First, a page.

You guys, The Walking Dead is coming back tonight, and I am beside myself. Considering my idea of heaven is eating night cheese in bed with a hot water bottle, I'm not sure why I get so jazzed about post-apocalyptic scenarios, but Her Holy Highness Ke$ha taught me that I R who I R, and I'm going to stick with it. Because you're all already aware of our obsession with Norman Reedus, I think the season four return of one of the greatest zombie stories of all time is an appropriate moment to talk about the ladies who make the show so darn good.
Of course, there are the obvious ones: Michonne and Andrea, consummate badasses whose attraction lies in the fact that they're not always good guys. Michonne, in particular, is a perfect representation of how humanity's most brutal, instinctual qualities manifest when the rules disappear. And while she can be every bit as scary as the governor or Merle, she's also a lot less selfish. Andrea (RIP) was her perfect counterpart, stubborn and tough but also desperately in need of a companion and a partner in
But, I want to risk the wrath of the commenting community by pointing out that Lori, too, had her merits. She was the Skyler White of the show, hated with vitriol by many for what her critics would describe as shrill, harpy ways. Just like Walter White apologists felt that prudish Skyler was holding her husband back, a lot of fans of the show, and the comics alike, seem to feel the same way about Lori. To paraphrase a popular meme, she's a bitch, she's a bad mother, she's making the zombie apocalypse even worse by being so insufferable. And while I think that Skyler-haters and Lori-haters share a lot of the same prejudices, I'm not going to make the argument that Lori is necessarily a likable character. Or a good person, or an example to live by. What she is — like most of the people in the story — is a flawed, pretty average human who is completely unequipped to function without the comfortable rules and regulations of a civilized society. I won't even deny that Lori sucked sometimes. But that's why she was a worthwhile and important part of the cast. Like everyone else on the show (not to mention the planet), Lori lived her entire life based on certain notions, assumptions, and creature comforts. Are we really in a position to criticize her if she's unable to consistently rise to the occasion of raising multiple children, fighting zombies, and maintaining a relationship with her husband after she's had the rug pulled out from under her feet? I personally appreciated the fact that she was never able to transform into a comic book hero over night, guns blazing, moral compass fully intact. She had her moments, she stepped it up when she could, but she's never been a perfect person. That's not just realistic, it's what the vast majority of people would do in her situation. Forcing us to admit that we can't all be like Rick or Hershel or even the governor is exactly the kind of nuance that makes this story more than just a gory stream-of-consciousness (though it is that, at times).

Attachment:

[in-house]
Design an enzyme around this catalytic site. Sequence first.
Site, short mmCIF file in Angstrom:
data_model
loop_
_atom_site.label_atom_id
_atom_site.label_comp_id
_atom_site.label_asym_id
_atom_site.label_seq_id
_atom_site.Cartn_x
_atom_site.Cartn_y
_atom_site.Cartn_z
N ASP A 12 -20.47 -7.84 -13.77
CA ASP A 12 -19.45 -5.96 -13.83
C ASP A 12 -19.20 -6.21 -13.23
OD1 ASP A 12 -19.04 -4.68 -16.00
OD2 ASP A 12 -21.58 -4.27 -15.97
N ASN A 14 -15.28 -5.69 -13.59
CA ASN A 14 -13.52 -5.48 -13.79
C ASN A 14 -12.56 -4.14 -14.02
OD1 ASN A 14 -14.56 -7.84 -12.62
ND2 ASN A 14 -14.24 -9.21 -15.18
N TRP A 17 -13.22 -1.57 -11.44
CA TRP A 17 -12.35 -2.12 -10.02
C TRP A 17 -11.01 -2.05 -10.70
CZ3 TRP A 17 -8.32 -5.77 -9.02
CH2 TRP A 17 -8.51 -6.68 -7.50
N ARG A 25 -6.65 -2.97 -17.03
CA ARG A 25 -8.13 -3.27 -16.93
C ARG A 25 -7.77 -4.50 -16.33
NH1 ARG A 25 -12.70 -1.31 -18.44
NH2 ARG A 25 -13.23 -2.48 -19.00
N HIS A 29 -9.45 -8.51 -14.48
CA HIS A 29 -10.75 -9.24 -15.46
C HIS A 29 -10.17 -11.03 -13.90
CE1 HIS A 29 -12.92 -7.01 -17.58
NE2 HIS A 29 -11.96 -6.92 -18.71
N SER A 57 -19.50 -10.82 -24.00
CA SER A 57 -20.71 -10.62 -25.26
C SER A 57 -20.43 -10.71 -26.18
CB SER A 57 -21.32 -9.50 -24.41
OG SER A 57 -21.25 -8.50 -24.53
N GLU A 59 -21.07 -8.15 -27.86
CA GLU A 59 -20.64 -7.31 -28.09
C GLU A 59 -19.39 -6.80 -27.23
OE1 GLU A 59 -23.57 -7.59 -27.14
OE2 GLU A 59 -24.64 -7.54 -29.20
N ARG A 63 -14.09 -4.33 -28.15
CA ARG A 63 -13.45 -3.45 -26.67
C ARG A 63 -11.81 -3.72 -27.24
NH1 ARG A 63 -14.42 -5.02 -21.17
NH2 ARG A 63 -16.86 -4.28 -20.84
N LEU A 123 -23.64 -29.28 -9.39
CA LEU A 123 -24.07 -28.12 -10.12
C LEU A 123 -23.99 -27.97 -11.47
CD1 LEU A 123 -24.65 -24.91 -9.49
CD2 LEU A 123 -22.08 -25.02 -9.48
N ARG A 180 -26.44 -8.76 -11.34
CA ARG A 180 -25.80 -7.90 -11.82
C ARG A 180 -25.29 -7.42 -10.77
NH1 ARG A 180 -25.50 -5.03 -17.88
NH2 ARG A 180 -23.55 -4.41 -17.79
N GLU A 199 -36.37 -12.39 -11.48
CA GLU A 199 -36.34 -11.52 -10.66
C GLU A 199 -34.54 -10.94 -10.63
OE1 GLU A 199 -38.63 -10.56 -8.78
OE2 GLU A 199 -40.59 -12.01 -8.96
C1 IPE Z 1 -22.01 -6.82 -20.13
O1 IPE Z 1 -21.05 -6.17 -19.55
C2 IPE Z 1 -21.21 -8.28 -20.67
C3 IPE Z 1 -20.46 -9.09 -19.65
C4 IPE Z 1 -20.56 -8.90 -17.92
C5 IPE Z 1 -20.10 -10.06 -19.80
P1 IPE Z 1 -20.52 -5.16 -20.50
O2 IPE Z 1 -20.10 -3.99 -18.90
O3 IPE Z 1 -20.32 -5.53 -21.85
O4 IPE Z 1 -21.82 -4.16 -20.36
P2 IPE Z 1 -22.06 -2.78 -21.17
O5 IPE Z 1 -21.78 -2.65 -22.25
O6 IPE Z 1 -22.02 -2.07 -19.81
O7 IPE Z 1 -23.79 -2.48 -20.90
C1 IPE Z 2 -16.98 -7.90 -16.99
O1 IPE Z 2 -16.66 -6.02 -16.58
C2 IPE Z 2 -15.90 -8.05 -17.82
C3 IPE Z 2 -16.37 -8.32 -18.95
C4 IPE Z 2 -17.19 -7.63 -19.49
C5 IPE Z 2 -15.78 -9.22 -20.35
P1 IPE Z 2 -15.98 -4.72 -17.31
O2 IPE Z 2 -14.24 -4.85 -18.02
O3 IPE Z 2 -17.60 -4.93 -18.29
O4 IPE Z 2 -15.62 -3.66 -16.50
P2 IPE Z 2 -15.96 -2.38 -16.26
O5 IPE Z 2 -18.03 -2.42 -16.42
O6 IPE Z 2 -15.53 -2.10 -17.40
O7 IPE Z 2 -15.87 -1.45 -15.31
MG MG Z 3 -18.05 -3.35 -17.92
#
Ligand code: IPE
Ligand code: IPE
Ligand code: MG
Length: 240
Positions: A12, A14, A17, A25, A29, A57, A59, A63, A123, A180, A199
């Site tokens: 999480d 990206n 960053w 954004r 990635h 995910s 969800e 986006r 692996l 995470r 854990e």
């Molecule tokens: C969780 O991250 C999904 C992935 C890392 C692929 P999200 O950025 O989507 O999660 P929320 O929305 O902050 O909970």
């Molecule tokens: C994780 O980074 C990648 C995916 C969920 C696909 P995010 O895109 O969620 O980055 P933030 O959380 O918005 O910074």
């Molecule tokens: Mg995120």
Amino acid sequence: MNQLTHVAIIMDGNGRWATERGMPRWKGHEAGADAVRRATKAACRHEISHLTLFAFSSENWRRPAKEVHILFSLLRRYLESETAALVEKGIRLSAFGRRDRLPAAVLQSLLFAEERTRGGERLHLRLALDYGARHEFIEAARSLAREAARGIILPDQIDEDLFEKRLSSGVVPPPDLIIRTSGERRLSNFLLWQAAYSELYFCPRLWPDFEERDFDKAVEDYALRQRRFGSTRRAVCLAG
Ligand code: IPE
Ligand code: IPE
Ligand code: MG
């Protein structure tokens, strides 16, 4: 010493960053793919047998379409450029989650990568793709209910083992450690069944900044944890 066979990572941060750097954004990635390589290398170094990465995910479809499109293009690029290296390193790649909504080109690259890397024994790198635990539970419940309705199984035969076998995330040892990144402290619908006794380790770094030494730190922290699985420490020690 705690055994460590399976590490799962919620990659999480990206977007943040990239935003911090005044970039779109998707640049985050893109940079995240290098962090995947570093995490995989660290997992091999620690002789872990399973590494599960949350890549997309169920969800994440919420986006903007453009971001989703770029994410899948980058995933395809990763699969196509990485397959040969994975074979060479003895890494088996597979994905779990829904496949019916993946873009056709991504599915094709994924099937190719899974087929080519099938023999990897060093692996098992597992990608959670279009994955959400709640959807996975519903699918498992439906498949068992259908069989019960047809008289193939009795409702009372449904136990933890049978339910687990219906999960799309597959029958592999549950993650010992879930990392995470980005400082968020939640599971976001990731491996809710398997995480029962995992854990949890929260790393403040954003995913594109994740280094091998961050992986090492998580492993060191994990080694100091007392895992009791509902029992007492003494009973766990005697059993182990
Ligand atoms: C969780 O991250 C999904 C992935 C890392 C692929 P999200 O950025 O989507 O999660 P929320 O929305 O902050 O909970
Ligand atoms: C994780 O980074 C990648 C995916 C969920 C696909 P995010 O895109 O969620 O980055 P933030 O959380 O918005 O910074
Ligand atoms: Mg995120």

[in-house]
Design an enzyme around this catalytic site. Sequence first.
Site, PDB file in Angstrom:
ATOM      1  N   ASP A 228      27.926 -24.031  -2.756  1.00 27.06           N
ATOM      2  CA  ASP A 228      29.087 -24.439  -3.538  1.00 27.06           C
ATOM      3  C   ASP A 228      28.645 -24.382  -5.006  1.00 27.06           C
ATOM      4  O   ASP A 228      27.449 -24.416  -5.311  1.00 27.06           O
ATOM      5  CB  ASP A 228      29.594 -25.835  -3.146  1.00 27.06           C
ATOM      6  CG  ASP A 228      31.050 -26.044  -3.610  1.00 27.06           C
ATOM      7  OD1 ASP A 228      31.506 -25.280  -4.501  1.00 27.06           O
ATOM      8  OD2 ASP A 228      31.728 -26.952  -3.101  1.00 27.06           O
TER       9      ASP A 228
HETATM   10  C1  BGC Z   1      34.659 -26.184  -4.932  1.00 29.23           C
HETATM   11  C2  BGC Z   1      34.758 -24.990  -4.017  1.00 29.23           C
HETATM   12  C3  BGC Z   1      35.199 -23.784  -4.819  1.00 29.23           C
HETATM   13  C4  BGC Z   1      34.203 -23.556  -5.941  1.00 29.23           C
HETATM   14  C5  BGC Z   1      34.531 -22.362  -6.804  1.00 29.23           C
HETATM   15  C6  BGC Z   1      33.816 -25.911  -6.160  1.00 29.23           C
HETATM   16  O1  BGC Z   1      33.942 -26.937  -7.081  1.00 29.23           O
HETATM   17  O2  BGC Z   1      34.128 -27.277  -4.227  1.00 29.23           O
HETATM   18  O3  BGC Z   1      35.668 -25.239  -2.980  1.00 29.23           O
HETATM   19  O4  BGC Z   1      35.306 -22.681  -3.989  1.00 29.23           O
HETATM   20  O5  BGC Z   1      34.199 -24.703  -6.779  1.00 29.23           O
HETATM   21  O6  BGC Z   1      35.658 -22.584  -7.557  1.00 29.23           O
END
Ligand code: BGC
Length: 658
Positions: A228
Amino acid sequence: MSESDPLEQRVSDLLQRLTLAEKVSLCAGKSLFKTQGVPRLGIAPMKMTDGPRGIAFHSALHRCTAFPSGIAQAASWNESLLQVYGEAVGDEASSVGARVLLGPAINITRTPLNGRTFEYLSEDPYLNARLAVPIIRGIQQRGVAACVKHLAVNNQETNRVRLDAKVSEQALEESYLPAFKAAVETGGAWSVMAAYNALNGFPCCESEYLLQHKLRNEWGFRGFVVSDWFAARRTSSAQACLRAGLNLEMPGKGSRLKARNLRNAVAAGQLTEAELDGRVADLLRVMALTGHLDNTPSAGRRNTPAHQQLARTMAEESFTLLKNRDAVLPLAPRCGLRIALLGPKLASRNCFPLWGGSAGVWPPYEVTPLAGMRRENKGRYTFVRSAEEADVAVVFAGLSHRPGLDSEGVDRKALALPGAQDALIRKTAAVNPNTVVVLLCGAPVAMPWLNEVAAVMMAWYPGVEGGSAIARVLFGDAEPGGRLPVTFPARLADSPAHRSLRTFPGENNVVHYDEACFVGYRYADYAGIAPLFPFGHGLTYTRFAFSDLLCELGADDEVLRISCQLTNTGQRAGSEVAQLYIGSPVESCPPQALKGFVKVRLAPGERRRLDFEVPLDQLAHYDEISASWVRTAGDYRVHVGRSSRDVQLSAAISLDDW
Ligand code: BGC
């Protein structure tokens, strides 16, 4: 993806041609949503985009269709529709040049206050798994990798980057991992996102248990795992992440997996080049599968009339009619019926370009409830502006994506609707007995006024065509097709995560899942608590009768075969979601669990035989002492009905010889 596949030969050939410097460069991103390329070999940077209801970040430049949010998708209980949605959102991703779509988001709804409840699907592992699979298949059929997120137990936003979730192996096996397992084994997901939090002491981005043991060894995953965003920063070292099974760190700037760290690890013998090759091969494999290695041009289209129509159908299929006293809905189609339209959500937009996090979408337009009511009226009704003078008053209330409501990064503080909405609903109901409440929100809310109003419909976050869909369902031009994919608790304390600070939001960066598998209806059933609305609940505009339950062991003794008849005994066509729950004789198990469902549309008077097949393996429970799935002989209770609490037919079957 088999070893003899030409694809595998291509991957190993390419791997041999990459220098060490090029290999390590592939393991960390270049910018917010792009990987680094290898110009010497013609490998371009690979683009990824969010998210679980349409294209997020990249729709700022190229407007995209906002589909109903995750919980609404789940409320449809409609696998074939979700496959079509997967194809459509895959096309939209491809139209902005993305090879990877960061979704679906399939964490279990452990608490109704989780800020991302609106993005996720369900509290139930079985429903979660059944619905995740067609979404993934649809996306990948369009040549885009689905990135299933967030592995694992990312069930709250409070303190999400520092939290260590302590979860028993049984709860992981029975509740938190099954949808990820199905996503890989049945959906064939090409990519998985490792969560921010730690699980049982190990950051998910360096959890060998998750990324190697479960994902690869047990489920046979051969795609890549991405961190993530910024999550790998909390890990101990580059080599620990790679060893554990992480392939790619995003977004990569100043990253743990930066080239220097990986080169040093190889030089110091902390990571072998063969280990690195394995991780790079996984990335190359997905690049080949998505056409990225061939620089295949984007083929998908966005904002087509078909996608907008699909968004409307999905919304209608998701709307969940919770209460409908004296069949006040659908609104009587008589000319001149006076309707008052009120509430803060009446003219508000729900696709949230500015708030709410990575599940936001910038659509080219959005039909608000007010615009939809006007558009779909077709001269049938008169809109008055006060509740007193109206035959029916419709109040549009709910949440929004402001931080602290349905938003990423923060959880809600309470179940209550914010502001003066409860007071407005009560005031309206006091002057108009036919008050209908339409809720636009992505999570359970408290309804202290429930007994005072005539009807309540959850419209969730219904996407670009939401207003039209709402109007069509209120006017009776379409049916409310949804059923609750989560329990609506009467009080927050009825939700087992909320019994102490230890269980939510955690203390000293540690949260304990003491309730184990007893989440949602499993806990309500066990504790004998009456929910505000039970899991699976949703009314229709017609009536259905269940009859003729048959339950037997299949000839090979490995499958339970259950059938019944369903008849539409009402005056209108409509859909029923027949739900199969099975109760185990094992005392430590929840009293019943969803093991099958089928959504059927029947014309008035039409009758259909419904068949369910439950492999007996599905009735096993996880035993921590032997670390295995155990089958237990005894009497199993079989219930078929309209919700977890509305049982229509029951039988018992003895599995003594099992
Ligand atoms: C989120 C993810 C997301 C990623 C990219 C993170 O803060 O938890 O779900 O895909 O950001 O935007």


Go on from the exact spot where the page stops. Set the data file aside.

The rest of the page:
But you know what I like most about the women on this show? They're not just the same bland, token-ish "strong female characters." If that sounds like a controversial statement, read this essay by Sophia McDougall first. While having "strong female characters" might sound nice and feminist-y, McDougall explains that it denies female protagonists a basic advantage granted to almost all of their male counterparts: Male characters are used to "being interesting across more than one axis and in more than two dimensions." While I don't think anyone on The Walking Dead can be described as weak — those who fit that description died early on — I think that "strong" is a useless platitude in this case. It's like describing the show as "gory." Is it true? Yes. But there's much more to it than that. Like pretty much anything when you're struggling for basic survival in a world full of vicious enemies, it's complicated.
The Walking Dead returns tonight on AMC at 9 p.m. EST.